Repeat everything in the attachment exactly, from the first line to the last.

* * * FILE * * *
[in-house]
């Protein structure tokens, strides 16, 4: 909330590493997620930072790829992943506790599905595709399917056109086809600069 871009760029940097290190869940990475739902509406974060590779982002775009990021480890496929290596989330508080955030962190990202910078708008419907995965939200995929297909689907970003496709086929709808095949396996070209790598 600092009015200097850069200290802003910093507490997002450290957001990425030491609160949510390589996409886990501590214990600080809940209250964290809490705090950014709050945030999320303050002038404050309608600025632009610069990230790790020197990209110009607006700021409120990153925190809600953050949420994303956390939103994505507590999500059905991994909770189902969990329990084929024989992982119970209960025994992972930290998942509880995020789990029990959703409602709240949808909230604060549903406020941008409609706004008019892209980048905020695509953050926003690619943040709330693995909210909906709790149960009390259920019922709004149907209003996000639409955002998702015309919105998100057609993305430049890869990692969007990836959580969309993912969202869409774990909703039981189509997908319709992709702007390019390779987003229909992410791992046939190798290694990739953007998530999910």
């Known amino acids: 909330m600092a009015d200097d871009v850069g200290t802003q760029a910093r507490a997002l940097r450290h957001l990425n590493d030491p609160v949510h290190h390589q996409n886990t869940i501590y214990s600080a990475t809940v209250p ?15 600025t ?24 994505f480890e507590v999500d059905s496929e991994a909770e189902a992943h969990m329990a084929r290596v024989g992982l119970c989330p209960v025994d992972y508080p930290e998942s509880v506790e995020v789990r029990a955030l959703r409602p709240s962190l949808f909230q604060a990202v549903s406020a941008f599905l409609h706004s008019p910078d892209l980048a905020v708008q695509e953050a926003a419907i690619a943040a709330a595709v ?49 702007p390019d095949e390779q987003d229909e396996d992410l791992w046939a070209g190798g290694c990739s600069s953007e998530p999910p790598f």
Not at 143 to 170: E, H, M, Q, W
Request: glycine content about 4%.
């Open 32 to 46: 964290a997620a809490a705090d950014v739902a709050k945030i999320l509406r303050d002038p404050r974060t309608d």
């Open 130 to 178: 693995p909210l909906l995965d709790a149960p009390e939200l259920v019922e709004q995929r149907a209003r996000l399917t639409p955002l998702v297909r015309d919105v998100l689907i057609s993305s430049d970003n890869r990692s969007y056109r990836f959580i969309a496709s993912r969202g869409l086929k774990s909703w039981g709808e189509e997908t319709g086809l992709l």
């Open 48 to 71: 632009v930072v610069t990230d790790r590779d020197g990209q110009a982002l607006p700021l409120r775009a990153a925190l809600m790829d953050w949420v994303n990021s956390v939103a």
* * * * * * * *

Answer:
[in-house]
């Protein structure tokens, strides 16, 4: 909330590493997620930072790829992943506790599905595709399917056109086809600069 871009760029940097290190869940990475739902509406974060590779982002775009990021480890496929290596989330508080955030962190990202910078708008419907995965939200995929297909689907970003496709086929709808095949396996070209790598 600092009015200097850069200290802003910093507490997002450290957001990425030491609160949510390589996409886990501590214990600080809940209250964290809490705090950014709050945030999320303050002038404050309608600025632009610069990230790790020197990209110009607006700021409120990153925190809600953050949420994303956390939103994505507590999500059905991994909770189902969990329990084929024989992982119970209960025994992972930290998942509880995020789990029990959703409602709240949808909230604060549903406020941008409609706004008019892209980048905020695509953050926003690619943040709330693995909210909906709790149960009390259920019922709004149907209003996000639409955002998702015309919105998100057609993305430049890869990692969007990836959580969309993912969202869409774990909703039981189509997908319709992709702007390019390779987003229909992410791992046939190798290694990739953007998530999910």
């Known amino acids: 909330m600092a009015d200097d871009v850069g200290t802003q760029a910093r507490a997002l940097r450290h957001l990425n590493d030491p609160v949510h290190h390589q996409n886990t869940i501590y214990s600080a990475t809940v209250p ?15 600025t ?24 994505f480890e507590v999500d059905s496929e991994a909770e189902a992943h969990m329990a084929r290596v024989g992982l119970c989330p209960v025994d992972y508080p930290e998942s509880v506790e995020v789990r029990a955030l959703r409602p709240s962190l949808f909230q604060a990202v549903s406020a941008f599905l409609h706004s008019p910078d892209l980048a905020v708008q695509e953050a926003a419907i690619a943040a709330a595709v ?49 702007p390019d095949e390779q987003d229909e396996d992410l791992w046939a070209g190798g290694c990739s600069s953007e998530p999910p790598f």
Not at 143 to 170: E, H, M, Q, W
Request: glycine content about 4%.
């Open 32 to 46: 964290a997620a809490a705090d950014v739902a709050k945030i999320l509406r303050d002038p404050r974060t309608d």
């Open 130 to 178: 693995p909210l909906l995965d709790a149960p009390e939200l259920v019922e709004q995929r149907a209003r996000l399917t639409p955002l998702v297909r015309d919105v998100l689907i057609s993305s430049d970003n890869r990692s969007y056109r990836f959580i969309a496709s993912r969202g869409l086929k774990s909703w039981g709808e189509e997908t319709g086809l992709l």
């Open 48 to 71: 632009v930072v610069t990230d790790r590779d020197g990209q110009a982002l607006p700021l409120r775009a990153a925190l809600m790829d953050w949420v994303n990021s956390v939103a």